Legendary billionaire investor Stanley Druckenmiller said that the stock market is likely to be flat for the next ten years. “There’s a high probability in my mind that the market, at best, is going to be kind of flat for 10 years, sort of like this ’66 to ’82 time period,” Druckenmiller said in an interview with Alex Karp, CEO of Palantir, a software and AI firm on September 13. Rising inflation, interest rate hikes, the ongoing Ukraine-Russia war, and reversing globalization, he says, are highly likely to cause a global recession in the coming decade.
Harder than ever for Stanley Druckenmiller to predict what will happen in next 1 year
Druckenmiller said it’s harder than ever for him to forecast how the market may behave over the next six months to a year due to the war, the pandemic, and how nations have reacted. “Between the pandemic and the war, and the crazy policy response, in the United States and worldwide, this is the hardest environment I have encountered to forecast,” he said. The factors that created the bull markets since 1982, and especially in the last decade, have not only stopped but have reversed, he added.
“I like darkness”: Stanley Druckenmiller
However, there may be an upside to the static environment created by a flat stock market. “The nice thing is, there were companies that did very, very well in that environment back then,” he said, referring to the flat stock market period between 1966 and 1982. “That’s when Apple Computer was founded, Home Depot was founded,” he added. Druckenmiller also warned investors of his dreary outlook, mentioning his bearish bias, and said that this is the toughest time in economic history to forecast. “I’ve had a bearish bias for 45 years and it had to work around, I like darkness,” he said.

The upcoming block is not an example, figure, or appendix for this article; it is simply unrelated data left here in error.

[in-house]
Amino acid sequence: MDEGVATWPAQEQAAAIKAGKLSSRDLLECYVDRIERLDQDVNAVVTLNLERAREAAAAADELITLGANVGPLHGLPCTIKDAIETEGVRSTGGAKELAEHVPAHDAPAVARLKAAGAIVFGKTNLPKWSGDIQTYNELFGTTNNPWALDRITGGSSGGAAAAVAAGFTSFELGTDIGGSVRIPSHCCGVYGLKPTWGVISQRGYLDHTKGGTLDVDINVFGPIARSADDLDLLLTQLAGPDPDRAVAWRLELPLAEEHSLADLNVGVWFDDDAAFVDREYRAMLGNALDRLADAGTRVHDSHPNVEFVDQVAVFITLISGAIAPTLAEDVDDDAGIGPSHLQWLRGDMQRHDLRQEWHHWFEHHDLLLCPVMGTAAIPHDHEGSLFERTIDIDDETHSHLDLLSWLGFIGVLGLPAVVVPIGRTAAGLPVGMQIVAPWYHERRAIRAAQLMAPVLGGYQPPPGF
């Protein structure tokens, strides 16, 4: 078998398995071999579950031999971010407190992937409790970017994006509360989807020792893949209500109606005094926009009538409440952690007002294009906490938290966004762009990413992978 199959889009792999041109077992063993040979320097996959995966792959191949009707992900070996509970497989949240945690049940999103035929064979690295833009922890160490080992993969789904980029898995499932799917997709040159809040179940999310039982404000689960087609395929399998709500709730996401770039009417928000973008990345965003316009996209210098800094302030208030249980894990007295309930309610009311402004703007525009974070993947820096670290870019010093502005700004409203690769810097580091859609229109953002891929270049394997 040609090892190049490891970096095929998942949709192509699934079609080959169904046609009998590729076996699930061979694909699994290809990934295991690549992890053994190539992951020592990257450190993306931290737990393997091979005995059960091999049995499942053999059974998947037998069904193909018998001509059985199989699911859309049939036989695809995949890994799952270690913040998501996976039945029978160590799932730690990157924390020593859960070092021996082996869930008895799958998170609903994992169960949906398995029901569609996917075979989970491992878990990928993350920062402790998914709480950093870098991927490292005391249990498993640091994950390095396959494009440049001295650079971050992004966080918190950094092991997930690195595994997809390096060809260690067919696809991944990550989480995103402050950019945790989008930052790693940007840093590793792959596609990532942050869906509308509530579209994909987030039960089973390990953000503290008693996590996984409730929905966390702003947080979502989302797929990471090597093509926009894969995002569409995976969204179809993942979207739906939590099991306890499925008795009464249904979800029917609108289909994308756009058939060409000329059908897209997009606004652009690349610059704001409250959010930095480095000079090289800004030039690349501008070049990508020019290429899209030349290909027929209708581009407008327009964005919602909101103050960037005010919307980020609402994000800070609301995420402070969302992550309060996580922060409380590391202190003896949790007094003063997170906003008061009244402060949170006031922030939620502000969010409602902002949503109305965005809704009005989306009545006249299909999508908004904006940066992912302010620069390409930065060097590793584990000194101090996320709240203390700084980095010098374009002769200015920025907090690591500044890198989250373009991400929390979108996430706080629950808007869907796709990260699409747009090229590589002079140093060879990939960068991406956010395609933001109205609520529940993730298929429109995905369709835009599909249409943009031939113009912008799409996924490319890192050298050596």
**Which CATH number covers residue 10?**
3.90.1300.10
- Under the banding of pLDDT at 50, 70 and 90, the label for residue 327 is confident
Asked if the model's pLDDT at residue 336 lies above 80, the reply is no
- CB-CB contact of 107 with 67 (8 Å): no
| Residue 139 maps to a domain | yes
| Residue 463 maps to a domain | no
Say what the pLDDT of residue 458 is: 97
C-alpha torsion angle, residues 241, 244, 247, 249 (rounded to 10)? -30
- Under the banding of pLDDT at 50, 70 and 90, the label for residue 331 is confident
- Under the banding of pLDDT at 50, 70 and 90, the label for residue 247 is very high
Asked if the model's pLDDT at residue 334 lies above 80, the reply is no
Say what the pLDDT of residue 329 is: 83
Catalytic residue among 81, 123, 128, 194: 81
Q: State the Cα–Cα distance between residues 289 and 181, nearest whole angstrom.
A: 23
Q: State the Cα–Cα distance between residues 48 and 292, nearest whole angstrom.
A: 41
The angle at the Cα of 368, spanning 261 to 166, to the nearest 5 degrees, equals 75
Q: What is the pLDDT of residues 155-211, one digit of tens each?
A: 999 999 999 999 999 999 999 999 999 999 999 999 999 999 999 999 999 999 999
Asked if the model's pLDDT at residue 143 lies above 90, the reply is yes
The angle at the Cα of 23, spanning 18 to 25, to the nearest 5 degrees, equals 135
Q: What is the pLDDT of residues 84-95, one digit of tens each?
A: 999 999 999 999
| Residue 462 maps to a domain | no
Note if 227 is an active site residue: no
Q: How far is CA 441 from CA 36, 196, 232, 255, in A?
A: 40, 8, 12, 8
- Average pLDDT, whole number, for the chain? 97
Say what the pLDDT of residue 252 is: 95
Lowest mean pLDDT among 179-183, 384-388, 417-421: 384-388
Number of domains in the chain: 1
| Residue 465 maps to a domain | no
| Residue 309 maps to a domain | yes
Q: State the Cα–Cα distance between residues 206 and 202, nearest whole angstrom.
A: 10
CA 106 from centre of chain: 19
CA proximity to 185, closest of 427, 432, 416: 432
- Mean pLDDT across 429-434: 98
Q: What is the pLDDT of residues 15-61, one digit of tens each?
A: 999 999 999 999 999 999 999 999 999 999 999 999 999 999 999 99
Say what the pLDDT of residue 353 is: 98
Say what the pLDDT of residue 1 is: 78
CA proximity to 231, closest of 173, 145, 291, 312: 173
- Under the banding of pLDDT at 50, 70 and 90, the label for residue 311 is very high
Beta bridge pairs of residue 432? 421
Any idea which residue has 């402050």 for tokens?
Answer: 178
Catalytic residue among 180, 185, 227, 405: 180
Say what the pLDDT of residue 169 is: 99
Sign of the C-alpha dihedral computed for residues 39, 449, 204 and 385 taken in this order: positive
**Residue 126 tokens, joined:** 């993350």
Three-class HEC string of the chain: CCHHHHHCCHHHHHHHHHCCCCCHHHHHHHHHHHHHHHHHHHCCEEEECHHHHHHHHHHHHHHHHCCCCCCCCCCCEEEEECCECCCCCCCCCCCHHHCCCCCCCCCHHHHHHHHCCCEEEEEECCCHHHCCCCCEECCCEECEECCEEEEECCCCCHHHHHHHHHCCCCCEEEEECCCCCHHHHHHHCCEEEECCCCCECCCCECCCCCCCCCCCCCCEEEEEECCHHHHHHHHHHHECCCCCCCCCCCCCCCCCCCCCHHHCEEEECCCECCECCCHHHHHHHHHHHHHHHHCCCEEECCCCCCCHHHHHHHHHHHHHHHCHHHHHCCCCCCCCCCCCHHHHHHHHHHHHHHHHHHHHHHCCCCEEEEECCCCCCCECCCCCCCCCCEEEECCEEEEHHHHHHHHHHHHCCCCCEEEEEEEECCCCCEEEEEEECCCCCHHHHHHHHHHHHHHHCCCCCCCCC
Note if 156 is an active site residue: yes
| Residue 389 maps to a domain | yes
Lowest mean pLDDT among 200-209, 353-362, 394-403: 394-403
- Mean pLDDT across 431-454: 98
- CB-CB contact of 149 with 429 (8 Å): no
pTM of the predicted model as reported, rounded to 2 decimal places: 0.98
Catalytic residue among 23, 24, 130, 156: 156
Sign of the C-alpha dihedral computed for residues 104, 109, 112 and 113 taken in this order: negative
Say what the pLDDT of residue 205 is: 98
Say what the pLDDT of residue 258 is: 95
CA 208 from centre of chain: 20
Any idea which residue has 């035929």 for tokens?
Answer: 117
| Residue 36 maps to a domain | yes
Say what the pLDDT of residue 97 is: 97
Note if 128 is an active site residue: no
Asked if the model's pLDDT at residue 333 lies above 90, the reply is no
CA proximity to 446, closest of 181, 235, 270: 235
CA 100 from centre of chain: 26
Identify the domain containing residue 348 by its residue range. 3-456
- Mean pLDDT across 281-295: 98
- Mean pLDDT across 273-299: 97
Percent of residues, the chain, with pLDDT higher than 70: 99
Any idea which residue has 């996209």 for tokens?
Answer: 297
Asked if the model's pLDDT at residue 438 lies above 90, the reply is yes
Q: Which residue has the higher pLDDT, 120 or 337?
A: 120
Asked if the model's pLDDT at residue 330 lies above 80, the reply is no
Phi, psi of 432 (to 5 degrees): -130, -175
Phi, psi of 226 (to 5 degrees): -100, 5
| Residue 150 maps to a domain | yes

Central banks are “reformed smokers”
Globalization, Druckenmiller says, leads to increased worker productivity and disinflation. However, rising tensions between the United States and China, and the Ukraine war has aided the reversal of globalization. Further, central banks that adopted relatively loose monetary policies following the 2008 Global Financial Crisis have started tightening them. This is evident from the hikes in interest rates by central banks globally. “The response after the global financial crisis to disinflation was zero rates, and a lot of money printing, quantitative easing. That created an asset bubble in everything,” he added.
Now, central banks are turning away from these policies. “Now, they’re like reformed smokers,” Druckenmiller said about central banks. “They’ve gone from printing a bunch of money, like driving a Porsche at 200 miles an hour, by not only taking the foot off the gas but just slamming the brakes on,” he added.
Druckenmiller, who is worth $10.1 Billion, ran his hedge fund, Duquesne Capital from 1981 until 2010 when he converted it into a family office. The fund posted average annual returns of about 30%. He also managed money for George Soros, lead portfolio manager at Quantum Fund, from 1988 to 2000. He is known for shorting against the British Pound in 1992, making over a billion dollars in profits.